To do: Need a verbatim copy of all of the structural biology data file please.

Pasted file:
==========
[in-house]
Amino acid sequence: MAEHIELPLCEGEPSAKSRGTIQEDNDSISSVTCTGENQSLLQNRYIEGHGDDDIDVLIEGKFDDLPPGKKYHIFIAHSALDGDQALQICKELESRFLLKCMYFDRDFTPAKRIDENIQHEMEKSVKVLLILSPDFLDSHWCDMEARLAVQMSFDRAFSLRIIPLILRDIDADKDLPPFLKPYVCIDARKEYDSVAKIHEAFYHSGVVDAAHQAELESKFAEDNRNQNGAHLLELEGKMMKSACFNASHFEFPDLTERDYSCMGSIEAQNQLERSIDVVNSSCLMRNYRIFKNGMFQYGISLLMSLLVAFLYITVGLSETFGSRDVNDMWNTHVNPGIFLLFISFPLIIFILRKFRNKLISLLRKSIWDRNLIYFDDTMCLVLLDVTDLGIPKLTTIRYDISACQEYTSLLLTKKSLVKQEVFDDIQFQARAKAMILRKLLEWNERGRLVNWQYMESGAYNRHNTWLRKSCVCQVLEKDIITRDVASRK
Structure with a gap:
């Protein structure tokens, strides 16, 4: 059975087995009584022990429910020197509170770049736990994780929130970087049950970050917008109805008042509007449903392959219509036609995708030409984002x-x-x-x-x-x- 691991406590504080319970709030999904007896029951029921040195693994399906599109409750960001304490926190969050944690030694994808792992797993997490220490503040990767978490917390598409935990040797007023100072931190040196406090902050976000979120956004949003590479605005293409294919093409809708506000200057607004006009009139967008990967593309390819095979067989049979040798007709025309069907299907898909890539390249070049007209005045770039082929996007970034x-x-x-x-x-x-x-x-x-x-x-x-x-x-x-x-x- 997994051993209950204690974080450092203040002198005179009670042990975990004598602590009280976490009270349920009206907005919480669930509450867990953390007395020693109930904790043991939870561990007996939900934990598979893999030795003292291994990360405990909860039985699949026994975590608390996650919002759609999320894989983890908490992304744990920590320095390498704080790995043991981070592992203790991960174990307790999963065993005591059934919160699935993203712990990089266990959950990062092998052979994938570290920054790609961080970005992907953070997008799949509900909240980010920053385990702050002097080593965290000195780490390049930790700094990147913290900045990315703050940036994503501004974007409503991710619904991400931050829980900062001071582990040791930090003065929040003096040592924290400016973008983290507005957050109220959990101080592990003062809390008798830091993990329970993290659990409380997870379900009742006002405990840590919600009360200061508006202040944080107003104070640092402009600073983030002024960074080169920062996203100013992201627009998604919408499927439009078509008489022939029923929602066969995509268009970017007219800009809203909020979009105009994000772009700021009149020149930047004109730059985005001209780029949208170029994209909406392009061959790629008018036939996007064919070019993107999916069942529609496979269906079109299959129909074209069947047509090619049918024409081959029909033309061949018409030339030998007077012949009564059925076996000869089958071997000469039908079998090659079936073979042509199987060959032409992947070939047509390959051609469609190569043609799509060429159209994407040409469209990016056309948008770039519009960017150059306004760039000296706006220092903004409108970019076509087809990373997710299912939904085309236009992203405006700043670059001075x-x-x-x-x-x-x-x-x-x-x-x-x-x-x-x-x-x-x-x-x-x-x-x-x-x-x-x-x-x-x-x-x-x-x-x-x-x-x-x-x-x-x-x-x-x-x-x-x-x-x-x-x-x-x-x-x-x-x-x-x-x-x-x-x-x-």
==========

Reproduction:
[in-house]
Amino acid sequence: MAEHIELPLCEGEPSAKSRGTIQEDNDSISSVTCTGENQSLLQNRYIEGHGDDDIDVLIEGKFDDLPPGKKYHIFIAHSALDGDQALQICKELESRFLLKCMYFDRDFTPAKRIDENIQHEMEKSVKVLLILSPDFLDSHWCDMEARLAVQMSFDRAFSLRIIPLILRDIDADKDLPPFLKPYVCIDARKEYDSVAKIHEAFYHSGVVDAAHQAELESKFAEDNRNQNGAHLLELEGKMMKSACFNASHFEFPDLTERDYSCMGSIEAQNQLERSIDVVNSSCLMRNYRIFKNGMFQYGISLLMSLLVAFLYITVGLSETFGSRDVNDMWNTHVNPGIFLLFISFPLIIFILRKFRNKLISLLRKSIWDRNLIYFDDTMCLVLLDVTDLGIPKLTTIRYDISACQEYTSLLLTKKSLVKQEVFDDIQFQARAKAMILRKLLEWNERGRLVNWQYMESGAYNRHNTWLRKSCVCQVLEKDIITRDVASRK
Structure with a gap:
């Protein structure tokens, strides 16, 4: 059975087995009584022990429910020197509170770049736990994780929130970087049950970050917008109805008042509007449903392959219509036609995708030409984002x-x-x-x-x-x- 691991406590504080319970709030999904007896029951029921040195693994399906599109409750960001304490926190969050944690030694994808792992797993997490220490503040990767978490917390598409935990040797007023100072931190040196406090902050976000979120956004949003590479605005293409294919093409809708506000200057607004006009009139967008990967593309390819095979067989049979040798007709025309069907299907898909890539390249070049007209005045770039082929996007970034x-x-x-x-x-x-x-x-x-x-x-x-x-x-x-x-x- 997994051993209950204690974080450092203040002198005179009670042990975990004598602590009280976490009270349920009206907005919480669930509450867990953390007395020693109930904790043991939870561990007996939900934990598979893999030795003292291994990360405990909860039985699949026994975590608390996650919002759609999320894989983890908490992304744990920590320095390498704080790995043991981070592992203790991960174990307790999963065993005591059934919160699935993203712990990089266990959950990062092998052979994938570290920054790609961080970005992907953070997008799949509900909240980010920053385990702050002097080593965290000195780490390049930790700094990147913290900045990315703050940036994503501004974007409503991710619904991400931050829980900062001071582990040791930090003065929040003096040592924290400016973008983290507005957050109220959990101080592990003062809390008798830091993990329970993290659990409380997870379900009742006002405990840590919600009360200061508006202040944080107003104070640092402009600073983030002024960074080169920062996203100013992201627009998604919408499927439009078509008489022939029923929602066969995509268009970017007219800009809203909020979009105009994000772009700021009149020149930047004109730059985005001209780029949208170029994209909406392009061959790629008018036939996007064919070019993107999916069942529609496979269906079109299959129909074209069947047509090619049918024409081959029909033309061949018409030339030998007077012949009564059925076996000869089958071997000469039908079998090659079936073979042509199987060959032409992947070939047509390959051609469609190569043609799509060429159209994407040409469209990016056309948008770039519009960017150059306004760039000296706006220092903004409108970019076509087809990373997710299912939904085309236009992203405006700043670059001075x-x-x-x-x-x-x-x-x-x-x-x-x-x-x-x-x-x-x-x-x-x-x-x-x-x-x-x-x-x-x-x-x-x-x-x-x-x-x-x-x-x-x-x-x-x-x-x-x-x-x-x-x-x-x-x-x-x-x-x-x-x-x-x-x-x-």